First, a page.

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CReSIS radar in Greenland.
Photo Credit: David Braaten/CReSIS
A 12 to 18 gigahertz Planewave Radar System operated by CReSIS near Summit Camp, Greenland. The radar is mapping near-surface snow accumulation layers in the Greenland ice sheet, which is undergoing significant melting. Geothermal flux underneath the ice sheet may be partly to blame.

The heat is on

Geothermal flux beneath ice sheets may play significant role in melting

The heat is on for polar ice sheets under stress from climate change – but not necessarily from where most people might think.

Kees van der Veen, an associate professor at the University of Kansas in Lawrence and researcher with the Center for Remote Sensing of Ice Sheets (CReSIS), told a meeting of the American Geophysical Union in December that geothermal heat underneath the Greenland ice sheet might be responsible for rapid melting.

An ice stream in the northeast is moving much faster than the rest of the ice and extends about 700 kilometers into the interior, according to van der Veen. Ice sheet models suggest the ice should be frozen to the bed below and moving much slower.

However, the CReSIS researchers found a weakness in the crust using data gathered with the center’s airborne radar and U.S. Navy data on the gravitational pull over the ice sheet.

“It’s about the thinnest in all of Greenland,” van der Veen said of the crust under the ice. The theory is that this thin crust is allowing more geothermal heat to escape, which is melting the ice and making it move much faster than it would otherwise.

Van der Veen said he does not know why the crust is thinner at that particular part of the land mass, that perhaps tectonic plate motion caused it or it is simply a feature of the area.

What is important, he said, is that current ice sheet models don’t properly account for geothermal heat flux when calculating melt and movement rates. There is reason to believe similar activity may be occurring under the ice sheets in Antarctica, he added.

“For the most part, up until recently, the glaciologists ignored the geophysical activity beneath the ice sheets,” said van der Veen in a quote from the Lawrence Journal-World newspaper.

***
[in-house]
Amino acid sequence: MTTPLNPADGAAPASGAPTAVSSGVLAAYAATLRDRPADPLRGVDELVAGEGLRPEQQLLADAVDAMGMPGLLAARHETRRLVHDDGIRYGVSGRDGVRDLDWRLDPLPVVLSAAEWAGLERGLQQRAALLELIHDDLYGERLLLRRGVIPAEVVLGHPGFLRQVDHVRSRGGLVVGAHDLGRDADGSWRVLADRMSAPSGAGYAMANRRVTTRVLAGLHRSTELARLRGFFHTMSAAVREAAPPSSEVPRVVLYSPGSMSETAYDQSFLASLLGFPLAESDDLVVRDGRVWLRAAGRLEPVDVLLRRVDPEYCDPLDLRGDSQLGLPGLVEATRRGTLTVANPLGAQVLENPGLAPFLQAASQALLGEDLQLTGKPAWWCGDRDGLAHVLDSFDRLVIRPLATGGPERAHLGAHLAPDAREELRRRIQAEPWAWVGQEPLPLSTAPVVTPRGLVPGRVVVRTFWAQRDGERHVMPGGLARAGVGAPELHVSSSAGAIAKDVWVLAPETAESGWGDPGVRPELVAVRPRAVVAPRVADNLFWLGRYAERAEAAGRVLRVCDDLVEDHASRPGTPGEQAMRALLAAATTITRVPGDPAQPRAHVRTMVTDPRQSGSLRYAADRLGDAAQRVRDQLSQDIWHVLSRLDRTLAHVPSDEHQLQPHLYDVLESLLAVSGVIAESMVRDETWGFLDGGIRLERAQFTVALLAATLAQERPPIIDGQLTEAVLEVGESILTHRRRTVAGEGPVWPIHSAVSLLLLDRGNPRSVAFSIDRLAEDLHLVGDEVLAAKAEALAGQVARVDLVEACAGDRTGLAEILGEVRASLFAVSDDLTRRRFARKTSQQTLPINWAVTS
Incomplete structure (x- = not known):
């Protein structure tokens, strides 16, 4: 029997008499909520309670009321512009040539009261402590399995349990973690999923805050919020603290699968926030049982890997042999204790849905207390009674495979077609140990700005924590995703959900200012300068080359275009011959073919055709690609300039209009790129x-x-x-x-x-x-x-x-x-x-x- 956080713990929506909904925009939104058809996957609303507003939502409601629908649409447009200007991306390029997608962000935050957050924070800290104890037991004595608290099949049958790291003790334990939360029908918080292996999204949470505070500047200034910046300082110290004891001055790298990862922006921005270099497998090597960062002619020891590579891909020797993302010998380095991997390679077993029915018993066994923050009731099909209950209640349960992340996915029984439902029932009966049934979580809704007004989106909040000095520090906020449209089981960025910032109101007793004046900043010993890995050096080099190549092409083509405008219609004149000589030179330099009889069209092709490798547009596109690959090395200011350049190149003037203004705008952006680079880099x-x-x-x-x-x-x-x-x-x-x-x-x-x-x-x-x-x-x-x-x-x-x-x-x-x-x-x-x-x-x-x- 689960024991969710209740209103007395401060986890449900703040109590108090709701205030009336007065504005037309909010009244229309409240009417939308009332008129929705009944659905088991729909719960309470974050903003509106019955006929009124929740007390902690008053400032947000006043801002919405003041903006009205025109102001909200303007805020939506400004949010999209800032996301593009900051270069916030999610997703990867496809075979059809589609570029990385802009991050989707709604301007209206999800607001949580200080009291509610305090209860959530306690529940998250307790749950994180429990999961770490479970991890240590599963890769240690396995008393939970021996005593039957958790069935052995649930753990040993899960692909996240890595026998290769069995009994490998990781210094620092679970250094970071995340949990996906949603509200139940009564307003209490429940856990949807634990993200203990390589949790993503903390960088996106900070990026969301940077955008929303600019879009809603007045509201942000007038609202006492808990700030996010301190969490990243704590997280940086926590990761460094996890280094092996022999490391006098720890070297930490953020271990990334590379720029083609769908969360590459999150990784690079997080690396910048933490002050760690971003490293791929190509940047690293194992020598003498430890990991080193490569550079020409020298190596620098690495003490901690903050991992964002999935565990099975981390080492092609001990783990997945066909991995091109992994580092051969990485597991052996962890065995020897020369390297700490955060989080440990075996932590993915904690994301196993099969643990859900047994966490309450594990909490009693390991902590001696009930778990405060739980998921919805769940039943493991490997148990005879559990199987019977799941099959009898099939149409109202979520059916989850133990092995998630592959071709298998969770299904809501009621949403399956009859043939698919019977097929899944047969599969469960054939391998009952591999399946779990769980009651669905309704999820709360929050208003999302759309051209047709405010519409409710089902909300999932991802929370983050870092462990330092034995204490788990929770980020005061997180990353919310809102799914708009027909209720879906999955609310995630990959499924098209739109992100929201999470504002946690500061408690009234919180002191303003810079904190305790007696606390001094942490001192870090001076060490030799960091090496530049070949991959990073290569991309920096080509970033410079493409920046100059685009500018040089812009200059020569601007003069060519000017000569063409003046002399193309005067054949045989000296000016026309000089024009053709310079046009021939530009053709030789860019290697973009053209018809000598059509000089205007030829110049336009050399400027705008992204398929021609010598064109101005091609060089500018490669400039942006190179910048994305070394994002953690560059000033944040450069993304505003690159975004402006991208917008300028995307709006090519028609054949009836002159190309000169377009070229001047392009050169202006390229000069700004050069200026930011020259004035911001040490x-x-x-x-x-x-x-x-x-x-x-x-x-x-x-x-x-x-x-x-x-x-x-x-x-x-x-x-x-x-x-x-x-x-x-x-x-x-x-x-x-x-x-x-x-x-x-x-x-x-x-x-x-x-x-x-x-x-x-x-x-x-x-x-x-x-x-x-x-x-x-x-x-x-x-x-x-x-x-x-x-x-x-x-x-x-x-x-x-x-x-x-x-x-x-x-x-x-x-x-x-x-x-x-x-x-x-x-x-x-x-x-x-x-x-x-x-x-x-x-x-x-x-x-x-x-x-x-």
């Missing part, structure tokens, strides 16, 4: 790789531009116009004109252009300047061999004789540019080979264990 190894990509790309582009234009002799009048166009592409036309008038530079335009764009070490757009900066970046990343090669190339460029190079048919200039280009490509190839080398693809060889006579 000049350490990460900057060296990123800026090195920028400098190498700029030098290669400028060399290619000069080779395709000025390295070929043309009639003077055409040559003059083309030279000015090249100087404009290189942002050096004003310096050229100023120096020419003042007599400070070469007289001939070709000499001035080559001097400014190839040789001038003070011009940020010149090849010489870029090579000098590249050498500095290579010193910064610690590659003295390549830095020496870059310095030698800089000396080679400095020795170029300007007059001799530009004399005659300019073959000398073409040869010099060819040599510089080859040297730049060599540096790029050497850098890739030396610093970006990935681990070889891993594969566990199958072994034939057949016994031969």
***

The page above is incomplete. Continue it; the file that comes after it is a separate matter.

Sridhar Anandakrishnan, an associate professor at Pennsylvania State University and science lead for CReSIS, said it is difficult to measure the temperature below the ice. To get that number, you have to know three things, he said – surface temperature, the snowfall rate and the heat coming up through the Earth’s crust.

The first two factors are fairly easy to determine. The last one has been a guess up to this point. “It is a big gap, a big hole in the models,” Anandakrishnan said.

Anandakrishnan said there are a couple of methods scientists can use to lock down the temperature. One of the trickier ways is to study the strength of radar waves as they reflect back to the surface, he explained. The bounce becomes weaker as the wave returns to the surface.

“One of the reasons it gets weak is because of the temperature of the ice. When you have very warm ice, the attenuation of that radar wave is much larger,” he explained. However, the cold is only one variable that affects the wave signature, which makes it a difficult measurement to make.

“But the folks at Kansas are pretty good about teasing out all the different variables, so I think we can make some assessment of temperature from the strength of the reflected radar energy,” Anandakrishnan said. 

Back to main story: CReSIS to Mold New Models.

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Curator: Peter Rejcek, Antarctic Support Contract | NSF Official: Winifred Reuning, Division of Polar Programs